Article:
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Teens acting fast and strategically on social media to get political messages across

Donald Trump’s first campaign rally in three months was controversial for weeks. Not only because of his divisive messaging, but because his rally was expecting a crowd of 19,000 people; completely disregarding COVID social-distancing requirements. To add fuel to the fire the rally was originally scheduled to take place on Junteenth – a holiday celebrating the emancipation of those who had been enslaved in the United States. Millions of teens took to TikTok to make sure the rally didn’t happen.

Here’s how it went down. Supporters were asked to register for free tickets using their phones on June 11. High profile teens on TikTok, including influential K-Pop music fans who recently made headlines for their online activism supporting the Black Lives Matter protests, began sharing the information with followers, encouraging them to register for the rally — and then ghost it. In other words, not show up. The original instigator was not young, but the very many who mobilised the action were. Teens spread the trend on TikTok, where multiple videos with millions of views were posted instructing viewers to do the same. One TikTok video spreading the message received over 600,000 likes. Many users deleted their post after 24 to 48 hours in order to conceal their plan from the mainstream media.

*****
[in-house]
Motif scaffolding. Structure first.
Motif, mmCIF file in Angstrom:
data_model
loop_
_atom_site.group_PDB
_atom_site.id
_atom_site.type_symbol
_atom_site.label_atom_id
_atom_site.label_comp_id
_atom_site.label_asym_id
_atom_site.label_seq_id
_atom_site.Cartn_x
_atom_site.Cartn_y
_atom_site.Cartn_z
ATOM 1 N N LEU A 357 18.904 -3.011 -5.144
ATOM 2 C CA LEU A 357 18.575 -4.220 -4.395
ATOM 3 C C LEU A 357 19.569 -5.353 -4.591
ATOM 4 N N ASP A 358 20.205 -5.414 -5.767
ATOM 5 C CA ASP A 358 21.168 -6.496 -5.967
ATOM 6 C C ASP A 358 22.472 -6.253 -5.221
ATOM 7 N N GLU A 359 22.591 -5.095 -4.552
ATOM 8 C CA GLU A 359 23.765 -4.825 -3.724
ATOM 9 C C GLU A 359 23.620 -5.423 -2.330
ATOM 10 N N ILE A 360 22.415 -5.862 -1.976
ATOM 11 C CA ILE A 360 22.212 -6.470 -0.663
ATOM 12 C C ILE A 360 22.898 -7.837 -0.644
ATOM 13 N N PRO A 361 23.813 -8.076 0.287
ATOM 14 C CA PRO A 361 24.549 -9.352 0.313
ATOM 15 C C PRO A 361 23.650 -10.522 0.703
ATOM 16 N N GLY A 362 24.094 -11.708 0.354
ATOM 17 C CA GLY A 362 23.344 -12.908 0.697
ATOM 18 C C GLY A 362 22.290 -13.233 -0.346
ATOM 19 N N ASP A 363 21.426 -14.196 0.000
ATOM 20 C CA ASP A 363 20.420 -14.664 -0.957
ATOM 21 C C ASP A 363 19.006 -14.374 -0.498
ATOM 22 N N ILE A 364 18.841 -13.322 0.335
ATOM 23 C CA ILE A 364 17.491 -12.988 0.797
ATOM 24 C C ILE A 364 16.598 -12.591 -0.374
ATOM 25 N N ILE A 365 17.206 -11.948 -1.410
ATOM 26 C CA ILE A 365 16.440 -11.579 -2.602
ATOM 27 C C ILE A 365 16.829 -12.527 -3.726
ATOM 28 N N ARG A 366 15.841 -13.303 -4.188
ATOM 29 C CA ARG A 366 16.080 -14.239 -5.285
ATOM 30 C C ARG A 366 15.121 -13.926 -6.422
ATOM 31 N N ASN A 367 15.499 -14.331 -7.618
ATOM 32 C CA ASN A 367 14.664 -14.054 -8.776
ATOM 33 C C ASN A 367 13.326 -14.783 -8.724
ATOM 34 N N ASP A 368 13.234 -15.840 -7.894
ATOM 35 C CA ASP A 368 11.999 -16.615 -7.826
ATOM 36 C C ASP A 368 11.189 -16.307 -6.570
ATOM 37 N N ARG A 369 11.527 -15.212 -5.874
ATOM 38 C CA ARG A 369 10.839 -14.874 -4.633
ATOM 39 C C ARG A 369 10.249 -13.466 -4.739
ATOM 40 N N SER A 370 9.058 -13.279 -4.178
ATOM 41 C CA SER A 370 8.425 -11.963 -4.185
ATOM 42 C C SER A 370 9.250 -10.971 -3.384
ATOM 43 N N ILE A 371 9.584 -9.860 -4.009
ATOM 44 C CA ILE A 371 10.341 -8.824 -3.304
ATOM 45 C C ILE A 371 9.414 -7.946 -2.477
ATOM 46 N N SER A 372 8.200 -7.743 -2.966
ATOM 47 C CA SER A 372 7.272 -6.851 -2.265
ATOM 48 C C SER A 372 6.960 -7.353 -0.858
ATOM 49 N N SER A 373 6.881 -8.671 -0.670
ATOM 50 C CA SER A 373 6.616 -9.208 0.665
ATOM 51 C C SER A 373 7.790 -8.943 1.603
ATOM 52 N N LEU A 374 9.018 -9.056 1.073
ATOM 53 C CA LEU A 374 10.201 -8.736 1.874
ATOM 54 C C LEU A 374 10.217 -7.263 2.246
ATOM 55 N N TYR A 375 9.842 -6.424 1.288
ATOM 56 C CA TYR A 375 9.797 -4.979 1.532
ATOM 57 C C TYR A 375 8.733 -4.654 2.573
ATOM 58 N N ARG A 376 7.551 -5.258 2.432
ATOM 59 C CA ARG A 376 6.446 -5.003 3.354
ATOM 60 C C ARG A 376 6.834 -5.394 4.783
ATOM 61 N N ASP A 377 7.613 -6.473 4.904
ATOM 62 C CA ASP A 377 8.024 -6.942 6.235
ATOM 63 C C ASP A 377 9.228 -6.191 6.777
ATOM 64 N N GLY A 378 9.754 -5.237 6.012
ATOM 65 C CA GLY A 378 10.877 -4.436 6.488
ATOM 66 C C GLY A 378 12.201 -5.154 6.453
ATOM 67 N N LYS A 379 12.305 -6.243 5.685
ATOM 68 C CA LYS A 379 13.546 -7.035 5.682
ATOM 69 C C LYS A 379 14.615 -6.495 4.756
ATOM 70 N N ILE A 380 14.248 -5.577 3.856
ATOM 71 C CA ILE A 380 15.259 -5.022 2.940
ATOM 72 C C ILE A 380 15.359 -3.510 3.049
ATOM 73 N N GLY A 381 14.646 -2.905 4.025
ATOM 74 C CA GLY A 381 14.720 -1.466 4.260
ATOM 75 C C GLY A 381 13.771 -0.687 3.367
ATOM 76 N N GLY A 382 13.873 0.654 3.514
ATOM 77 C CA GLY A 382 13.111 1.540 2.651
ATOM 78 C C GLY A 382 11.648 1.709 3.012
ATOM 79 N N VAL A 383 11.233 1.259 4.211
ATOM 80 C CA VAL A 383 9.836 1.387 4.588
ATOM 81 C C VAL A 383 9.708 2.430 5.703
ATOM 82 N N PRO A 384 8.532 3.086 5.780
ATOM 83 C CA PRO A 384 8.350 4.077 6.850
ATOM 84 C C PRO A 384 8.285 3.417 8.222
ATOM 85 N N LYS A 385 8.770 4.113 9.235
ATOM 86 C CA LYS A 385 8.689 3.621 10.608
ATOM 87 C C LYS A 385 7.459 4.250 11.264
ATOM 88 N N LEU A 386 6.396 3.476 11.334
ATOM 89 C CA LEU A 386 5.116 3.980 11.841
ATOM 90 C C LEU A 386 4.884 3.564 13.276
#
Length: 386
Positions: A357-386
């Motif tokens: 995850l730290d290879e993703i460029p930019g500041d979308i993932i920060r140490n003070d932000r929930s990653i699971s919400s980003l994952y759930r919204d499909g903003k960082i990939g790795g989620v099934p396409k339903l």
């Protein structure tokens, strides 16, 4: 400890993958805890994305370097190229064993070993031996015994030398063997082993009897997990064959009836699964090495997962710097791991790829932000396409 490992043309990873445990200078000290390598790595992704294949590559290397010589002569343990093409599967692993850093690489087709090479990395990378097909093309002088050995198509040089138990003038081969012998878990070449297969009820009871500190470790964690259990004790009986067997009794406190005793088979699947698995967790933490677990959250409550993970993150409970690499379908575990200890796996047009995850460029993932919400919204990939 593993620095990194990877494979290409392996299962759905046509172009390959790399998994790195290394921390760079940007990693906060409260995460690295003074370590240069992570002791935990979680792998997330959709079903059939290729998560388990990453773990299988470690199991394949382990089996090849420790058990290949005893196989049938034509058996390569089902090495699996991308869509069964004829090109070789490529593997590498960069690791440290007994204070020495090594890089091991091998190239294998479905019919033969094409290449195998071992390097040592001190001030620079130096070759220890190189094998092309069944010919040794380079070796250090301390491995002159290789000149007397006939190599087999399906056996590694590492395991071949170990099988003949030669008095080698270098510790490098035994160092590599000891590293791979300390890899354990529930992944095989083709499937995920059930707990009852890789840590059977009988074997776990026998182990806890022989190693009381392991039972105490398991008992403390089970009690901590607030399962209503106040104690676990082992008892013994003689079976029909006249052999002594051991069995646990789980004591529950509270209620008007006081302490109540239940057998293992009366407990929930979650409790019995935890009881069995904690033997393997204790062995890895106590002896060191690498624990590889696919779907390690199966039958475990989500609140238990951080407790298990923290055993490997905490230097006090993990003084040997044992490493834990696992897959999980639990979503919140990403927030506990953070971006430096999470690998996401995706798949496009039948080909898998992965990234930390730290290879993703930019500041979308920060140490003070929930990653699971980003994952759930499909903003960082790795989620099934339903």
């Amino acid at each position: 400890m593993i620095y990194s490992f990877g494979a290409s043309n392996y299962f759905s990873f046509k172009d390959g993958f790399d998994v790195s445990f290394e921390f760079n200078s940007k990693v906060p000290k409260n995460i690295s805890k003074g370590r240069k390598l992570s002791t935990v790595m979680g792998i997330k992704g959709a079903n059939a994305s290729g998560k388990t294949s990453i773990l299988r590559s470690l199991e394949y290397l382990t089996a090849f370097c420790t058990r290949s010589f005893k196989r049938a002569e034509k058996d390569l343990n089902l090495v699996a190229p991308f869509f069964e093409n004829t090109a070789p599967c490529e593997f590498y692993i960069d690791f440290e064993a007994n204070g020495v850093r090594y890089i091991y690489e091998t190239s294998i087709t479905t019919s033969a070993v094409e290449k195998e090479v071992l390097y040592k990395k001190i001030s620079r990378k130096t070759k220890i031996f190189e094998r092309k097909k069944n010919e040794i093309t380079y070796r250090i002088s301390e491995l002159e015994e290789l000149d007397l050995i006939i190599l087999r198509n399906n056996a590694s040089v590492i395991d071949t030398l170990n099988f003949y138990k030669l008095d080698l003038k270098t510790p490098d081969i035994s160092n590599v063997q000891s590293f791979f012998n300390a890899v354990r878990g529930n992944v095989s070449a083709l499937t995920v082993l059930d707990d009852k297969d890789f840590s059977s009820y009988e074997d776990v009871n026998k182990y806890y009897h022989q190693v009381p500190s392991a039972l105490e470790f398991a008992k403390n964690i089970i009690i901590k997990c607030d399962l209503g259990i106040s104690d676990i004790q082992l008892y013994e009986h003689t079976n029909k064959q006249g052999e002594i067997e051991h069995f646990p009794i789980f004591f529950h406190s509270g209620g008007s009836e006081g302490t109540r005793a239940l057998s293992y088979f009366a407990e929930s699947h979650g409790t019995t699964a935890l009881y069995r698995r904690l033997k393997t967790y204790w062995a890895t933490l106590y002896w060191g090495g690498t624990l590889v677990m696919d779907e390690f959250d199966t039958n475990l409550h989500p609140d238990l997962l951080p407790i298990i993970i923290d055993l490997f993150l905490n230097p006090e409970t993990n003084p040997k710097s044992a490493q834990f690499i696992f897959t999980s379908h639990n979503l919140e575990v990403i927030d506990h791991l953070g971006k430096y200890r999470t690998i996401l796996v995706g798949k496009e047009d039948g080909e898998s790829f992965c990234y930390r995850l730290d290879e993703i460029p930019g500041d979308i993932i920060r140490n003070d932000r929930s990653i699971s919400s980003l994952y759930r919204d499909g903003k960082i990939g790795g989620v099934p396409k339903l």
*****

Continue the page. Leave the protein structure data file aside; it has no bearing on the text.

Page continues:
President Donald Trump speaks during a campaign rally at the BOK Centre in Tulsa on Saturday evening, US time.

President Donald Trump speaks during a campaign rally at the BOK Centre in Tulsa on Saturday evening, US time.Credit:AP

Even though Trump’s rally fielded more than a million ticket requests, the number of actual attendees was surprisingly low. Of the 19,000 seat stadium, only a third of the stadium was full. Twelve thousand registered seated participants, plus the large overfill planned for outside were no shows.

The action may also have messed up the Trump campaign’s data, flooding it with voters who appear to be good prospects to cast a vote for the President – engaged enough to put their hands up for a rally – but who are in fact far from fervent supporters.

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